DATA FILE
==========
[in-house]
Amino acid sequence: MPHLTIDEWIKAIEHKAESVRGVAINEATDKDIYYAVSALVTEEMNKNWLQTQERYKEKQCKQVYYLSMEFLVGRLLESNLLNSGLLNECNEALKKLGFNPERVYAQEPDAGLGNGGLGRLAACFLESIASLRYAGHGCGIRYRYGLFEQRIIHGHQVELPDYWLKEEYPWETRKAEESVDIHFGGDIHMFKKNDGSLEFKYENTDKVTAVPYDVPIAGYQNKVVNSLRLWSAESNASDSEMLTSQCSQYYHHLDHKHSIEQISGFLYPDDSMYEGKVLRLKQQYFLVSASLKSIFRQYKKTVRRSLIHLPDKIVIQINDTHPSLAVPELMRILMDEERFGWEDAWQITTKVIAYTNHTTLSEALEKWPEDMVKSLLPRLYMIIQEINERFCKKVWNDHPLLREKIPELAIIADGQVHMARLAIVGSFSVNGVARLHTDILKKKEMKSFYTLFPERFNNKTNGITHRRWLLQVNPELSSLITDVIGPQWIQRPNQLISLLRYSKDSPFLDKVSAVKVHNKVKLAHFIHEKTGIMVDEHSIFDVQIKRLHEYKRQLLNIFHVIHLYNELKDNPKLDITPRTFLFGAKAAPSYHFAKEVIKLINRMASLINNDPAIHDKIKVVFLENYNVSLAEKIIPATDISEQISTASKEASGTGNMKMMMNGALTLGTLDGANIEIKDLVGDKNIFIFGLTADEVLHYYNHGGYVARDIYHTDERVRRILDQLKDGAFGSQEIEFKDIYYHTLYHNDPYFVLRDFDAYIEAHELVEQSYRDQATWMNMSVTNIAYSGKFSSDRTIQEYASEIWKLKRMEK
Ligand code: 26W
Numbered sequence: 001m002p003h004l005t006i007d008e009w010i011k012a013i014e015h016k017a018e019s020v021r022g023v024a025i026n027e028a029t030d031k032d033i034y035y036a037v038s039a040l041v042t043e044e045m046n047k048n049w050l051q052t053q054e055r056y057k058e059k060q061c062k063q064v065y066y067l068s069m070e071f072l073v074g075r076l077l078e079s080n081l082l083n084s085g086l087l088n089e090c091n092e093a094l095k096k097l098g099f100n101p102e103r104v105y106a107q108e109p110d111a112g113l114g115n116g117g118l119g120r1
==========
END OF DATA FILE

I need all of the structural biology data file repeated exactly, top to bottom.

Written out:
[in-house]
Amino acid sequence: MPHLTIDEWIKAIEHKAESVRGVAINEATDKDIYYAVSALVTEEMNKNWLQTQERYKEKQCKQVYYLSMEFLVGRLLESNLLNSGLLNECNEALKKLGFNPERVYAQEPDAGLGNGGLGRLAACFLESIASLRYAGHGCGIRYRYGLFEQRIIHGHQVELPDYWLKEEYPWETRKAEESVDIHFGGDIHMFKKNDGSLEFKYENTDKVTAVPYDVPIAGYQNKVVNSLRLWSAESNASDSEMLTSQCSQYYHHLDHKHSIEQISGFLYPDDSMYEGKVLRLKQQYFLVSASLKSIFRQYKKTVRRSLIHLPDKIVIQINDTHPSLAVPELMRILMDEERFGWEDAWQITTKVIAYTNHTTLSEALEKWPEDMVKSLLPRLYMIIQEINERFCKKVWNDHPLLREKIPELAIIADGQVHMARLAIVGSFSVNGVARLHTDILKKKEMKSFYTLFPERFNNKTNGITHRRWLLQVNPELSSLITDVIGPQWIQRPNQLISLLRYSKDSPFLDKVSAVKVHNKVKLAHFIHEKTGIMVDEHSIFDVQIKRLHEYKRQLLNIFHVIHLYNELKDNPKLDITPRTFLFGAKAAPSYHFAKEVIKLINRMASLINNDPAIHDKIKVVFLENYNVSLAEKIIPATDISEQISTASKEASGTGNMKMMMNGALTLGTLDGANIEIKDLVGDKNIFIFGLTADEVLHYYNHGGYVARDIYHTDERVRRILDQLKDGAFGSQEIEFKDIYYHTLYHNDPYFVLRDFDAYIEAHELVEQSYRDQATWMNMSVTNIAYSGKFSSDRTIQEYASEIWKLKRMEK
Ligand code: 26W
Numbered sequence: 001m002p003h004l005t006i007d008e009w010i011k012a013i014e015h016k017a018e019s020v021r022g023v024a025i026n027e028a029t030d031k032d033i034y035y036a037v038s039a040l041v042t043e044e045m046n047k048n049w050l051q052t053q054e055r056y057k058e059k060q061c062k063q064v065y066y067l068s069m070e071f072l073v074g075r076l077l078e079s080n081l082l083n084s085g086l087l088n089e090c091n092e093a094l095k096k097l098g099f100n101p102e103r104v105y106a107q108e109p110d111a112g113l114g115n116g117g118l119g120r1